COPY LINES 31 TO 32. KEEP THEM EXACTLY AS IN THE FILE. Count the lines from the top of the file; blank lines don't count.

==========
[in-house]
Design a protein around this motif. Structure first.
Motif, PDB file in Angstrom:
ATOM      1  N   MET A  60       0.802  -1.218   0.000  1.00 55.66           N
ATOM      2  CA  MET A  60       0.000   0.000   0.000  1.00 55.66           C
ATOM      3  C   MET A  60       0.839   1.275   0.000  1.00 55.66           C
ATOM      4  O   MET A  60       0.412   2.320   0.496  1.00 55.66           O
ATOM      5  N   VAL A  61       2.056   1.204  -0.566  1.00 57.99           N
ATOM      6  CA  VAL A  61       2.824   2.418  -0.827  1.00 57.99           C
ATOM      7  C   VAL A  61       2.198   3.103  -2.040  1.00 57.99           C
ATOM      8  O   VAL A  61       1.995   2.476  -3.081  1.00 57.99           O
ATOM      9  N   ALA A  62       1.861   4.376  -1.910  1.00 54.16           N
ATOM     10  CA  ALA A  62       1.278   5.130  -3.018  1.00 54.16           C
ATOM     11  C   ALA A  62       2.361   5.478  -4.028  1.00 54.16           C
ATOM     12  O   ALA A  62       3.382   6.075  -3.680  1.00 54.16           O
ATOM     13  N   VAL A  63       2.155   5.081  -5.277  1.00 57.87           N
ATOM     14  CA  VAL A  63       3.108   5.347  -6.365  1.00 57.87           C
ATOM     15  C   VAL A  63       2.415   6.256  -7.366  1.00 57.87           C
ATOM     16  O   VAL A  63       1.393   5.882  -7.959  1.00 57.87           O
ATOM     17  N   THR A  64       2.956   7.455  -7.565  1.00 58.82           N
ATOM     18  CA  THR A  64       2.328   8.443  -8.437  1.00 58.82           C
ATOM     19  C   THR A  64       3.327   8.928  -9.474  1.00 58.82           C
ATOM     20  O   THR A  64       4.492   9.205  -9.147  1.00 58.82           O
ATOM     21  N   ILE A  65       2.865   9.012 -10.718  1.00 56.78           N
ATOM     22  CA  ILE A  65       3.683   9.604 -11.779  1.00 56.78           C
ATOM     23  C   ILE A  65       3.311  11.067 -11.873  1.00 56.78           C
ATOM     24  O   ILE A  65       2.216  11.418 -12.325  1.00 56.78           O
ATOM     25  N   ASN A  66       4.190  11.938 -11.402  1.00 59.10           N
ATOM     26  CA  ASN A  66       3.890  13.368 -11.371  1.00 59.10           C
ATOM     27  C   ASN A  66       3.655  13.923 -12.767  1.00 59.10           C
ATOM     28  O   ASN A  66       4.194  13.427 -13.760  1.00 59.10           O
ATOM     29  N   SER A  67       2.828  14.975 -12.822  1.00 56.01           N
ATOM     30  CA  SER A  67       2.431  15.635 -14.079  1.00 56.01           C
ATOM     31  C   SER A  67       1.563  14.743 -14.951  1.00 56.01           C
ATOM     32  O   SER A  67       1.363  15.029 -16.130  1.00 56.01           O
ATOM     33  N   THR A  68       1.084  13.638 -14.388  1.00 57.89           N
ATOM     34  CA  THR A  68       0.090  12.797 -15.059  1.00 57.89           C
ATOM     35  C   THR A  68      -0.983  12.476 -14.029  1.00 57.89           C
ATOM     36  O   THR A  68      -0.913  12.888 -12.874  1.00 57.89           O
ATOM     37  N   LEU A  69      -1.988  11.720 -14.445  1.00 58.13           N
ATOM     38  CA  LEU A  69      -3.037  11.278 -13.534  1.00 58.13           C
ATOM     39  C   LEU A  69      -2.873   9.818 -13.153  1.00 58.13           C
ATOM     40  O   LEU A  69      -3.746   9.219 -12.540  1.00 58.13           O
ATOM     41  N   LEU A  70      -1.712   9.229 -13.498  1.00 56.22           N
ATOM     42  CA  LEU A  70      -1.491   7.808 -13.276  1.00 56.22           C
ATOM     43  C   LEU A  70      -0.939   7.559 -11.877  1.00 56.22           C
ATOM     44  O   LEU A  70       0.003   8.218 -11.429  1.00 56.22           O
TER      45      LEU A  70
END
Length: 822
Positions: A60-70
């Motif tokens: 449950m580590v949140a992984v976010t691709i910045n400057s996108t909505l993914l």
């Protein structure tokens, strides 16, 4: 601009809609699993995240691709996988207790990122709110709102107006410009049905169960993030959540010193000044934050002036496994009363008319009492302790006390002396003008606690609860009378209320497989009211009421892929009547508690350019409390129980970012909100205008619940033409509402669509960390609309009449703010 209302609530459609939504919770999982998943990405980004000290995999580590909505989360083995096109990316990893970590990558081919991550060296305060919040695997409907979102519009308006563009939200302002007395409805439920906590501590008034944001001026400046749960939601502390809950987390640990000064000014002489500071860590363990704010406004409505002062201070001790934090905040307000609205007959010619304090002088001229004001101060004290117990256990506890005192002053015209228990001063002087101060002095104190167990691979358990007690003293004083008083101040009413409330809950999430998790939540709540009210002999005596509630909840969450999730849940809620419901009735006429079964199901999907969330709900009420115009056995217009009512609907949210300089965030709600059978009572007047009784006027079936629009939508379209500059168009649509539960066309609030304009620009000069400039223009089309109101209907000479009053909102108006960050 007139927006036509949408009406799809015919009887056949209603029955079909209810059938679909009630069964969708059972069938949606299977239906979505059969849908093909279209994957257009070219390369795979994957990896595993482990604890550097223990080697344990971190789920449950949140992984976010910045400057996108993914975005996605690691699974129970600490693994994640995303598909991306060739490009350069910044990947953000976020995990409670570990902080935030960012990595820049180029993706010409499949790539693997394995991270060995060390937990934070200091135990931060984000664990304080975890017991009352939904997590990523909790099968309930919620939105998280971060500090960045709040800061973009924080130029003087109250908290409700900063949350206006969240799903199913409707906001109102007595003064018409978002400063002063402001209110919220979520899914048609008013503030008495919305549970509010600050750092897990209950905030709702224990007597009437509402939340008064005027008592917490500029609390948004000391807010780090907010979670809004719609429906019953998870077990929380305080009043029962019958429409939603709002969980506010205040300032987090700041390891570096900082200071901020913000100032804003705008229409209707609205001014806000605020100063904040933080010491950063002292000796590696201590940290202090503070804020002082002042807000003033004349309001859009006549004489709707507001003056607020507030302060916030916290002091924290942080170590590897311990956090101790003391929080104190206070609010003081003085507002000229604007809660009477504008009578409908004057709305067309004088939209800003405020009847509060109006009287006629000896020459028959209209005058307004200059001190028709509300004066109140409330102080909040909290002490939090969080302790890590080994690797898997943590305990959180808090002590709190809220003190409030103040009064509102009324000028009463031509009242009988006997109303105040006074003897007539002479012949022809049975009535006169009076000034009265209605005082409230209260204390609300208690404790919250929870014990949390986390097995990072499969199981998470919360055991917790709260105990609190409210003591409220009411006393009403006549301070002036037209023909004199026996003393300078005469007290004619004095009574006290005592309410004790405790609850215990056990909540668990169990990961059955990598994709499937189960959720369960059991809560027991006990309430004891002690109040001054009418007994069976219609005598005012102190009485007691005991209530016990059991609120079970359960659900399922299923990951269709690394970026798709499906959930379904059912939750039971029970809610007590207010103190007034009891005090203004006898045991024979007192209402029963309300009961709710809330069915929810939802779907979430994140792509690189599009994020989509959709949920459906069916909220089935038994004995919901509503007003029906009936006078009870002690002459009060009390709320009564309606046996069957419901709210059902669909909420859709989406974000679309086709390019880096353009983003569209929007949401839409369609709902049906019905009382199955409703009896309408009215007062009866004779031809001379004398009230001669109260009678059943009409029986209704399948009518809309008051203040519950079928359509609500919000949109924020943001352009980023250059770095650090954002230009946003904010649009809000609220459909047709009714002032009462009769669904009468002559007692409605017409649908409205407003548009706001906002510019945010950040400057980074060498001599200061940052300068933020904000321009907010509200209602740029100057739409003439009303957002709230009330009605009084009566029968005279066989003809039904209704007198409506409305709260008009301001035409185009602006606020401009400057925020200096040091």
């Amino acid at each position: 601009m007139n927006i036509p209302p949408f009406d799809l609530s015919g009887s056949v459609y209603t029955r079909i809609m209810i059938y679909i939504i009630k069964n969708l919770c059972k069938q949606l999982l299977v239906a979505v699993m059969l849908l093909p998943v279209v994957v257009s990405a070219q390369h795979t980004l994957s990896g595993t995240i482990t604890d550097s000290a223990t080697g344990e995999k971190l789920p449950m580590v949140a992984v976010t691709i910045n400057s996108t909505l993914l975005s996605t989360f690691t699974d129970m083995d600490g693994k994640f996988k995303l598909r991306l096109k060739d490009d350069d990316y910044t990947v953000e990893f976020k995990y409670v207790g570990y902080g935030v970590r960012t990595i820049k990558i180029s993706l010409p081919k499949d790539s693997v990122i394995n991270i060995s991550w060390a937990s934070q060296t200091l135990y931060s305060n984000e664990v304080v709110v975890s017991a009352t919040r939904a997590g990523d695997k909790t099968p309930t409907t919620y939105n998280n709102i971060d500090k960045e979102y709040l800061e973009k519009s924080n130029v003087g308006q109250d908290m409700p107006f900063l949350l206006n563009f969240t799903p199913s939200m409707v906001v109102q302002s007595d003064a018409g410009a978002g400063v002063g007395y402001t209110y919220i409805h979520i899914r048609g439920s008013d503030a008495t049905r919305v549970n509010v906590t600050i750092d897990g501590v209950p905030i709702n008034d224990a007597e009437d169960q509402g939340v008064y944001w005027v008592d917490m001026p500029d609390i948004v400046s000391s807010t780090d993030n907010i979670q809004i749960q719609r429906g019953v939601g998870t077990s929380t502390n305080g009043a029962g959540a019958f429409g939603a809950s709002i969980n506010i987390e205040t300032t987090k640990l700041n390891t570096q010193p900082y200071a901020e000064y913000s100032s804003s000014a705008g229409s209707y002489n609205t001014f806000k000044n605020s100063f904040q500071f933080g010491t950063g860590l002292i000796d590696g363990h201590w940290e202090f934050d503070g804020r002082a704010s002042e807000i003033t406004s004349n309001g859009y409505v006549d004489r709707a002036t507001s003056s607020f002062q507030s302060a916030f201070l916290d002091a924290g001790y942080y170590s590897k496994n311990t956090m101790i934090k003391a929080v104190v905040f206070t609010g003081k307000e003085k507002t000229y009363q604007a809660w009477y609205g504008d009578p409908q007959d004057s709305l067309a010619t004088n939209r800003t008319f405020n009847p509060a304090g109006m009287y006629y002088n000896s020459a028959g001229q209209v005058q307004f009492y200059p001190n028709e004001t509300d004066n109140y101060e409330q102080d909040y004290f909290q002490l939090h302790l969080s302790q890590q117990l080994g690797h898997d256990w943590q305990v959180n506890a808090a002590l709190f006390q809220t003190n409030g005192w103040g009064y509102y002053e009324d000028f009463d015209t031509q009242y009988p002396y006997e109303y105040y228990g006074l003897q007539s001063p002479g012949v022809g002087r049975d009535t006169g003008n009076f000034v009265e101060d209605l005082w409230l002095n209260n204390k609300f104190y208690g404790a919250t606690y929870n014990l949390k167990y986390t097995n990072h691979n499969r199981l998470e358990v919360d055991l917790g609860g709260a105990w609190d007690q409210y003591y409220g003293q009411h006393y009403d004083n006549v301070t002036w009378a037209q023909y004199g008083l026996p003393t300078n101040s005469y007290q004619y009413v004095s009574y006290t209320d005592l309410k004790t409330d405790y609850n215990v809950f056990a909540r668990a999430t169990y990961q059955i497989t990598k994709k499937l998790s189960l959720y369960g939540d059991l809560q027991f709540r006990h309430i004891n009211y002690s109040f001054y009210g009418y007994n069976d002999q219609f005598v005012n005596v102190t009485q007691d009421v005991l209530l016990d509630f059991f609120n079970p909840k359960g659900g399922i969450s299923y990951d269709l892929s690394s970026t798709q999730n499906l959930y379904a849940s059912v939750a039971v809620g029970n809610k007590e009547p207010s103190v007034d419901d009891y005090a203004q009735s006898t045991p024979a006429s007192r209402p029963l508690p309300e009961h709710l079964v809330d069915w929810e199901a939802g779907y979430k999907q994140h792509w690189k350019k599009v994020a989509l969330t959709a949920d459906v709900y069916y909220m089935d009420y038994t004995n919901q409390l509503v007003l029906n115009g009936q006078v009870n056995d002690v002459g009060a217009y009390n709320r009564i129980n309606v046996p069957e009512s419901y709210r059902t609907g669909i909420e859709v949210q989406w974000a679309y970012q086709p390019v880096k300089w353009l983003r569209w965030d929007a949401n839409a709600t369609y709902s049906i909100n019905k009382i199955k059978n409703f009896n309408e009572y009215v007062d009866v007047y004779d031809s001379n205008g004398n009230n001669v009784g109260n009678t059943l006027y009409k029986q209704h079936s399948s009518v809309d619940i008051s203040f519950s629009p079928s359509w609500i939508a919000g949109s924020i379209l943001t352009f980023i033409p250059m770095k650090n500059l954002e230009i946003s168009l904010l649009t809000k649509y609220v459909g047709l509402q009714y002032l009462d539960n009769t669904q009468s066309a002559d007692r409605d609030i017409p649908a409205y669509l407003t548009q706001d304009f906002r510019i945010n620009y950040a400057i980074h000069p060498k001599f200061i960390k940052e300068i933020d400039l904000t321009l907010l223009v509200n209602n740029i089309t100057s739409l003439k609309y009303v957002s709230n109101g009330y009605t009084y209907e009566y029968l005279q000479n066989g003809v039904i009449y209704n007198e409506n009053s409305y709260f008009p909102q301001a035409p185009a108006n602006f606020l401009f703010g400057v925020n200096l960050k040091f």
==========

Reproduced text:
ATOM     28  O   ASN A  66       4.194  13.427 -13.760  1.00 59.10           O
ATOM     29  N   SER A  67       2.828  14.975 -12.822  1.00 56.01           N